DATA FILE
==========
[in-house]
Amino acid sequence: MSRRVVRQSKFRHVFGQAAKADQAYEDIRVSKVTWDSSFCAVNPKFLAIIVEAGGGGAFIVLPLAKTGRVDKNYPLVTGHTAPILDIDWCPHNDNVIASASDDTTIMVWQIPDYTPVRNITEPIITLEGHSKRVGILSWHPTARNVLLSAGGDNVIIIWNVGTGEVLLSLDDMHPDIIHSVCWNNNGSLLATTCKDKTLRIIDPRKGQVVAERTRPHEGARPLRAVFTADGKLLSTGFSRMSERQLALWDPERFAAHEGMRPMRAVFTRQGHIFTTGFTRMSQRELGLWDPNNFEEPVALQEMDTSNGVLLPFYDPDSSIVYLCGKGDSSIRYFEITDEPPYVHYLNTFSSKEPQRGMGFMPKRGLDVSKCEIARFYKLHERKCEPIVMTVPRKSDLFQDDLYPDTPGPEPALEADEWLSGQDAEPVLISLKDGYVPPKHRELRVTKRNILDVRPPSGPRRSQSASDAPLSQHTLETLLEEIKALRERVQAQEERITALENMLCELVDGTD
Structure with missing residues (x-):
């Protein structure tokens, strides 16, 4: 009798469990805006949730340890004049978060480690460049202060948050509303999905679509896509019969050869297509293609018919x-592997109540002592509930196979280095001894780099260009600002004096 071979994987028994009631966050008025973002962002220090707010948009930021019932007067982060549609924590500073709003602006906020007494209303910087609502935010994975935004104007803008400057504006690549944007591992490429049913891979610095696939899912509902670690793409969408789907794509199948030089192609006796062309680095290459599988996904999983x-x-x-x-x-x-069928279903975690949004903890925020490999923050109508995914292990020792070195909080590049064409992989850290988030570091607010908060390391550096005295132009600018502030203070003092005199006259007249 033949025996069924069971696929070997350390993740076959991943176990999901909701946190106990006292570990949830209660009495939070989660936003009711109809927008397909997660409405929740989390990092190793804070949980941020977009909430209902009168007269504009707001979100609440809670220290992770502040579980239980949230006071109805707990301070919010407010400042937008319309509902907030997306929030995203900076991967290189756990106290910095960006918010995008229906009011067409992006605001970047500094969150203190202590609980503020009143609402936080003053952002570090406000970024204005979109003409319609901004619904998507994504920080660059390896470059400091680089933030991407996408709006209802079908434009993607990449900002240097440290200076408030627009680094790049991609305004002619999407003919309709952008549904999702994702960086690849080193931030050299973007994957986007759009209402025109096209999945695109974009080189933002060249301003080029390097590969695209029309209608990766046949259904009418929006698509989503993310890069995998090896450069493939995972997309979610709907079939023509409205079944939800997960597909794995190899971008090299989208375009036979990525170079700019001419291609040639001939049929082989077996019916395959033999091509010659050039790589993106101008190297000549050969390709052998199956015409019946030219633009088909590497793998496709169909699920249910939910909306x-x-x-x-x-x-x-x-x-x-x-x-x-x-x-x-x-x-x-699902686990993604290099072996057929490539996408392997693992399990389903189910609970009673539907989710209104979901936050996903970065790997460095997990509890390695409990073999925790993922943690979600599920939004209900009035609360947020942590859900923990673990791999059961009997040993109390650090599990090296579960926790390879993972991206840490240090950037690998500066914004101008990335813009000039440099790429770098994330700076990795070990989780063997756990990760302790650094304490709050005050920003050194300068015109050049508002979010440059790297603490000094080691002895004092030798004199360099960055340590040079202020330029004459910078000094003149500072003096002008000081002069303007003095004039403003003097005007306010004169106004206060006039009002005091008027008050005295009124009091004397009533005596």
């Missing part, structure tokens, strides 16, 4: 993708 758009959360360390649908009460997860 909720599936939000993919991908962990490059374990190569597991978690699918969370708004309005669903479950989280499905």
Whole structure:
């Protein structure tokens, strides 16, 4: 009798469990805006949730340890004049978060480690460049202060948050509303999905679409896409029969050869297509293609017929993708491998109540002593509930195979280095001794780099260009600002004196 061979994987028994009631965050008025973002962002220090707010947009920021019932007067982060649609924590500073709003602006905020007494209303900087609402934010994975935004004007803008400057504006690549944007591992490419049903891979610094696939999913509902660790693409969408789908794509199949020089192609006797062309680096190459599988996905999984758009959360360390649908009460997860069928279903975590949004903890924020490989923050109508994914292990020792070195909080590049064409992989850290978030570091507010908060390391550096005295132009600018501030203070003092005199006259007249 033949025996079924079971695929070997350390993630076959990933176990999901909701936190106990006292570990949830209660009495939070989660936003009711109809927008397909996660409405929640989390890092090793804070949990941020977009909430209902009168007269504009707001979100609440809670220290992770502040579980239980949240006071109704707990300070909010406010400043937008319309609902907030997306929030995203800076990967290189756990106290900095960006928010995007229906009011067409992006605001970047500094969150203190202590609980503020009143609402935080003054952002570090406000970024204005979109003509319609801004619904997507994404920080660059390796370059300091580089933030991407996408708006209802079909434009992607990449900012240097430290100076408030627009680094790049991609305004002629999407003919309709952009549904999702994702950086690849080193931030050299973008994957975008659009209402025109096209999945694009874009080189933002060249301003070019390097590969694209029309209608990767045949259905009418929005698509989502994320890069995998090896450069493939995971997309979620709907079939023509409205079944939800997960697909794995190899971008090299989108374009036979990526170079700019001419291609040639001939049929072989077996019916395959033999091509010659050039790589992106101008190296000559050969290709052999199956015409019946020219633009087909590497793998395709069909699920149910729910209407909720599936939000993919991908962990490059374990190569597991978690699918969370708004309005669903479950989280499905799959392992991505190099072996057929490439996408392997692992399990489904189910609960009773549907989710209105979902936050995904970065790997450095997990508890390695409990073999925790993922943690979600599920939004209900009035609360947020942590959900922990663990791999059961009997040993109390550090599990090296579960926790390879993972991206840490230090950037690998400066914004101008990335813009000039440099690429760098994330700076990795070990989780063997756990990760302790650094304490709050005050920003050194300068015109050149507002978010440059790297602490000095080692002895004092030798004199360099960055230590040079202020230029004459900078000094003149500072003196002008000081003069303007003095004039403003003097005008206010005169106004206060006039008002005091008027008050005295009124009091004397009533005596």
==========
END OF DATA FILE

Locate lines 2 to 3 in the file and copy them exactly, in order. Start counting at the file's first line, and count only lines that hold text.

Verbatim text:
Amino acid sequence: MSRRVVRQSKFRHVFGQAAKADQAYEDIRVSKVTWDSSFCAVNPKFLAIIVEAGGGGAFIVLPLAKTGRVDKNYPLVTGHTAPILDIDWCPHNDNVIASASDDTTIMVWQIPDYTPVRNITEPIITLEGHSKRVGILSWHPTARNVLLSAGGDNVIIIWNVGTGEVLLSLDDMHPDIIHSVCWNNNGSLLATTCKDKTLRIIDPRKGQVVAERTRPHEGARPLRAVFTADGKLLSTGFSRMSERQLALWDPERFAAHEGMRPMRAVFTRQGHIFTTGFTRMSQRELGLWDPNNFEEPVALQEMDTSNGVLLPFYDPDSSIVYLCGKGDSSIRYFEITDEPPYVHYLNTFSSKEPQRGMGFMPKRGLDVSKCEIARFYKLHERKCEPIVMTVPRKSDLFQDDLYPDTPGPEPALEADEWLSGQDAEPVLISLKDGYVPPKHRELRVTKRNILDVRPPSGPRRSQSASDAPLSQHTLETLLEEIKALRERVQAQEERITALENMLCELVDGTD
Structure with missing residues (x-):